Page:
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Night Beats show analog ain’t dead with “Who Sold My Generation”


by Scott Wilson

What does it mean to be “loud”? What does a “loud” band sound like? There’s the obvious definition, which is it’s a group that’s turned their amplification to eleven – but that’s not really the music, that’s the machinery. “Loud” is an intrinsic value, a definition. Most rock ‘n’ roll is implicitly loud, but that isn’t the rule. Who Sold My Generation by Night Beats is, paradoxically, not particularly loud.

This isn’t a value judgment: loud doesn’t equal good, if it did the teenager down the street who cut the muffler off his ‘97 Acura would be elected mayor. Similarly, “loud” isn’t something you need a virtuosity to create. Take some of the Top 40 nonsense out there, for instance. One singer, a couple back-ups, and some very nice computer software can make a lot of noise. When a devilishly clever hook comes on people perk up and mouth along. Whether you fancy that sound or not, it burrows into your ear and bounces around your head for hours, maybe days. That’s the meaning of loud.

Night Beats offers a different aesthetic: the anti-hook.  They have the instruments of loud rock ‘n’ roll – like guitars, bass, drums, jazz piano, and so on – but they recorded them for Who Sold My Generation as if from a distance. The enthusiastic saturation of distortion blends all the sound into a loose casserole. “Fuzz” is the rare one-syllable term that sums up the general feeling the music exudes. Put a microphone against the fur of a charging grizzly bear and that’s what Who Sold My Generation sounds like. Or, if I can mix in another dodgy metaphor, the prevailing sound is one of consistency, an amorphous vibe composed of a half-dozen instruments playing in an echo-haunted cavern. With effort, certain noise-making mechanisms can be picked out, but the music works best when it surrounds the listener as a single entity, blob-like.

Heritage-wise, Who Sold My Generation borrows a lot from classic rock and psychedelia. Put this album in a record store forty years ago and it might sneak into somebody’s record shelf without raising alarms with the Bureau of Space/Time Continuity (a relatively unknown branch of the UN that deals with troublesome time travelers). Night Beats’ contribution to modern music, however, is showing that there’s still room for good old fashion rock. Pounding rhythms made on real, live instruments, not computers, aren’t out of style yet. Like leather jackets and combat boots, Who Sold My Generation champions composition and technical mastery as signs of quality. A zip-zap iGizmo can spit out a nice electro-beat, but for some people the knowledge that a real human made this music, not software, imbues the sound with extra value.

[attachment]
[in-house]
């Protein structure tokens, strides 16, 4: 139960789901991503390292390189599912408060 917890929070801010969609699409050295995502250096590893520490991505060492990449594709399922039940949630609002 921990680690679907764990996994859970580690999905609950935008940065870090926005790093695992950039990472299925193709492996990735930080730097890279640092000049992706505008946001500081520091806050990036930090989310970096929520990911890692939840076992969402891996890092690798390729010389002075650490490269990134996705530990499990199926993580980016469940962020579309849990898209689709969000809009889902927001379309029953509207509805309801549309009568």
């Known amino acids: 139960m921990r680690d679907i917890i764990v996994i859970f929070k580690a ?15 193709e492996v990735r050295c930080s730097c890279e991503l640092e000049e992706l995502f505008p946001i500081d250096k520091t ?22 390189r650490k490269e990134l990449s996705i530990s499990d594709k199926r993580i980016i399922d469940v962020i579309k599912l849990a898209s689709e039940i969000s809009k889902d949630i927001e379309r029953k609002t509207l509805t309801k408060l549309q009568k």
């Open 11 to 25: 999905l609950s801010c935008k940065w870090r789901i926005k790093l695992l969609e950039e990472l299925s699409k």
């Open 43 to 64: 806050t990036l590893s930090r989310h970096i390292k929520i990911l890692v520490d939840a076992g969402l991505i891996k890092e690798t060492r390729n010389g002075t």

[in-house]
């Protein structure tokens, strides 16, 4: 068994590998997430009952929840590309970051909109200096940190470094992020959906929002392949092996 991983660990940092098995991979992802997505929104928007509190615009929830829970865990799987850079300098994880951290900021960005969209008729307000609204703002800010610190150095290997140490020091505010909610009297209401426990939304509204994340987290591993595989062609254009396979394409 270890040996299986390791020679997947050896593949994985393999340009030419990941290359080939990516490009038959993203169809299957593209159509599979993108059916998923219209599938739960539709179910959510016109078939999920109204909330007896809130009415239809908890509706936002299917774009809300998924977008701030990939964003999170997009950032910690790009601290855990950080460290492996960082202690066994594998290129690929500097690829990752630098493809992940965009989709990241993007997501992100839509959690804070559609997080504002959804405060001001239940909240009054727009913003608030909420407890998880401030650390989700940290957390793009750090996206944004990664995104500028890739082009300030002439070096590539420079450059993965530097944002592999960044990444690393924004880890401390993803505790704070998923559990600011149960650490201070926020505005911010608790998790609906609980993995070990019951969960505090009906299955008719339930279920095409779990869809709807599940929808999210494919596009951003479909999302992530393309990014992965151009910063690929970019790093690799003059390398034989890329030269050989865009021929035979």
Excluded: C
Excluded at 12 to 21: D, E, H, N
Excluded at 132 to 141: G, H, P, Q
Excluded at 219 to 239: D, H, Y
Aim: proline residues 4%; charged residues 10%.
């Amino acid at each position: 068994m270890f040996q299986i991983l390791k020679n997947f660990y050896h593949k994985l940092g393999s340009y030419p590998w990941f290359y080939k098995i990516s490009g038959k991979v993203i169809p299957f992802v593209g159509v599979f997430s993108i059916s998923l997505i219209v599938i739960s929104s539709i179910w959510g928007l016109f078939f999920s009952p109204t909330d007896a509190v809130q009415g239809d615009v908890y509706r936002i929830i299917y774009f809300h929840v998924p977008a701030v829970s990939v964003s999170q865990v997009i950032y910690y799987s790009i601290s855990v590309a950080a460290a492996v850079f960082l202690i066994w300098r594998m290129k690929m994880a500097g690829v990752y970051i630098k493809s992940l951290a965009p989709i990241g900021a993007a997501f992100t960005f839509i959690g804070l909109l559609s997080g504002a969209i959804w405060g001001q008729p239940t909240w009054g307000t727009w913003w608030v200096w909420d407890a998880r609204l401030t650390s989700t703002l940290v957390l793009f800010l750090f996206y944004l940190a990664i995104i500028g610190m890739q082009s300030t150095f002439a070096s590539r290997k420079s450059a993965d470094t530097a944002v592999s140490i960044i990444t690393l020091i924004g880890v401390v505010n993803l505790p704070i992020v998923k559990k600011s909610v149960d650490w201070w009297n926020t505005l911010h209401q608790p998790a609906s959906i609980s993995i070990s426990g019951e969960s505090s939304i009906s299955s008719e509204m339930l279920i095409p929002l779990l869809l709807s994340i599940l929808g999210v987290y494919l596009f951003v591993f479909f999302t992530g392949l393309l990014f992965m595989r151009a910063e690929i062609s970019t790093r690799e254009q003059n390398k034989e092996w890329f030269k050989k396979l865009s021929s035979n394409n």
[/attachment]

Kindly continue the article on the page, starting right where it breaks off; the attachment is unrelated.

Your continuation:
Sound aside, the album has gravity by merit of its title and ethos of virtuosity. Who Sold My Generation is a comment on a culture that’s forgotten the value in doing something for themselves instead of buying a thing that does it for them. Night Beats is saying that we can still make good music on our own. It doesn’t need to be showy, or trendy, or – dare I say – loud; time, attention, and a used set of snares are an equal match for a two-thousand-dollar drum machine.

Ironically, the album will be sold in MP3 format for your convenient listening pleasure.

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